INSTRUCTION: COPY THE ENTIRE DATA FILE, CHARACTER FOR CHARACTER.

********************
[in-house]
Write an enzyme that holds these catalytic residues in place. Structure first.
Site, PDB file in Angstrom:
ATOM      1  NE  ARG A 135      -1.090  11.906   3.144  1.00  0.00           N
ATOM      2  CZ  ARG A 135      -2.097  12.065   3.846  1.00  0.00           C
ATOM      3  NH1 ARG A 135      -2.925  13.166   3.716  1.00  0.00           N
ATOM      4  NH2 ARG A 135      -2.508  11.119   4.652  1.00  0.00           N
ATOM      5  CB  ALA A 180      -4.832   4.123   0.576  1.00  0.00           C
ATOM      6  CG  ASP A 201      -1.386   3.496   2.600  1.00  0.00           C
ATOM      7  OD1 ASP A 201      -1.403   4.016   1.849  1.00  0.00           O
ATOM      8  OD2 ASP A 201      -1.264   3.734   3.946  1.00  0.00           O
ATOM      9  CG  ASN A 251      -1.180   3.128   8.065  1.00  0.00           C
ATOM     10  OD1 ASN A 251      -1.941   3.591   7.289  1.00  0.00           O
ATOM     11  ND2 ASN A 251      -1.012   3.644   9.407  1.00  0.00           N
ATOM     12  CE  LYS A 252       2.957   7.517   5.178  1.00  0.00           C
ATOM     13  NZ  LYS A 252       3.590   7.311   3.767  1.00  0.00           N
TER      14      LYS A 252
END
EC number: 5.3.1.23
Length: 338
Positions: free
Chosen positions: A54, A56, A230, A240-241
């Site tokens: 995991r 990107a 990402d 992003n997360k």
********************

[in-house]
Write an enzyme that holds these catalytic residues in place. Structure first.
Site, PDB file in Angstrom:
ATOM      1  NE  ARG A 135      -1.090  11.906   3.144  1.00  0.00           N
ATOM      2  CZ  ARG A 135      -2.097  12.065   3.846  1.00  0.00           C
ATOM      3  NH1 ARG A 135      -2.925  13.166   3.716  1.00  0.00           N
ATOM      4  NH2 ARG A 135      -2.508  11.119   4.652  1.00  0.00           N
ATOM      5  CB  ALA A 180      -4.832   4.123   0.576  1.00  0.00           C
ATOM      6  CG  ASP A 201      -1.386   3.496   2.600  1.00  0.00           C
ATOM      7  OD1 ASP A 201      -1.403   4.016   1.849  1.00  0.00           O
ATOM      8  OD2 ASP A 201      -1.264   3.734   3.946  1.00  0.00           O
ATOM      9  CG  ASN A 251      -1.180   3.128   8.065  1.00  0.00           C
ATOM     10  OD1 ASN A 251      -1.941   3.591   7.289  1.00  0.00           O
ATOM     11  ND2 ASN A 251      -1.012   3.644   9.407  1.00  0.00           N
ATOM     12  CE  LYS A 252       2.957   7.517   5.178  1.00  0.00           C
ATOM     13  NZ  LYS A 252       3.590   7.311   3.767  1.00  0.00           N
TER      14      LYS A 252
END
EC number: 5.3.1.23
Length: 338
Positions: free
Chosen positions: A54, A56, A230, A240-241
């Site tokens: 995991r 990107a 990402d 992003n997360k």